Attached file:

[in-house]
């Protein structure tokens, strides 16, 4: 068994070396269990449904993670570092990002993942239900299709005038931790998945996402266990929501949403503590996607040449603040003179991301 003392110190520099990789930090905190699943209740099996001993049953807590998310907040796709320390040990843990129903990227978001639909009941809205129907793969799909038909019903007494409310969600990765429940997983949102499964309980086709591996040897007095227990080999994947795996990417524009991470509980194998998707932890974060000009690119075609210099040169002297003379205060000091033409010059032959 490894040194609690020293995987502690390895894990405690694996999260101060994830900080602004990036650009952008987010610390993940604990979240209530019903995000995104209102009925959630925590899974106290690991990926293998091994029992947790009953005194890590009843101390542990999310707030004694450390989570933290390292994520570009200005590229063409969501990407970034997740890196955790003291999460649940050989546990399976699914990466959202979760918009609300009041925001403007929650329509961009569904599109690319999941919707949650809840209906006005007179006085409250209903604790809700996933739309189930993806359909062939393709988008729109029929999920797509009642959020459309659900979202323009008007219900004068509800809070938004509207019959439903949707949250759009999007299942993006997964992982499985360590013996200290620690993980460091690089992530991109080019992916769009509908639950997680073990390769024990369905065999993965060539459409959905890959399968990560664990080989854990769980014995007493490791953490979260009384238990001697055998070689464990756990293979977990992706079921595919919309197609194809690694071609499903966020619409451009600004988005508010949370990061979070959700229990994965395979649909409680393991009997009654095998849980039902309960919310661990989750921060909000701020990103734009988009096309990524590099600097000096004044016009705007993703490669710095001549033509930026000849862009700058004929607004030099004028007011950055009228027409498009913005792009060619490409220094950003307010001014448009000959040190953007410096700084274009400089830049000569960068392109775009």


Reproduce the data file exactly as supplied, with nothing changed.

[in-house]
């Protein structure tokens, strides 16, 4: 068994070396269990449904993670570092990002993942239900299709005038931790998945996402266990929501949403503590996607040449603040003179991301 003392110190520099990789930090905190699943209740099996001993049953807590998310907040796709320390040990843990129903990227978001639909009941809205129907793969799909038909019903007494409310969600990765429940997983949102499964309980086709591996040897007095227990080999994947795996990417524009991470509980194998998707932890974060000009690119075609210099040169002297003379205060000091033409010059032959 490894040194609690020293995987502690390895894990405690694996999260101060994830900080602004990036650009952008987010610390993940604990979240209530019903995000995104209102009925959630925590899974106290690991990926293998091994029992947790009953005194890590009843101390542990999310707030004694450390989570933290390292994520570009200005590229063409969501990407970034997740890196955790003291999460649940050989546990399976699914990466959202979760918009609300009041925001403007929650329509961009569904599109690319999941919707949650809840209906006005007179006085409250209903604790809700996933739309189930993806359909062939393709988008729109029929999920797509009642959020459309659900979202323009008007219900004068509800809070938004509207019959439903949707949250759009999007299942993006997964992982499985360590013996200290620690993980460091690089992530991109080019992916769009509908639950997680073990390769024990369905065999993965060539459409959905890959399968990560664990080989854990769980014995007493490791953490979260009384238990001697055998070689464990756990293979977990992706079921595919919309197609194809690694071609499903966020619409451009600004988005508010949370990061979070959700229990994965395979649909409680393991009997009654095998849980039902309960919310661990989750921060909000701020990103734009988009096309990524590099600097000096004044016009705007993703490669710095001549033509930026000849862009700058004929607004030099004028007011950055009228027409498009913005792009060619490409220094950003307010001014448009000959040190953007410096700084274009400089830049000569960068392109775009």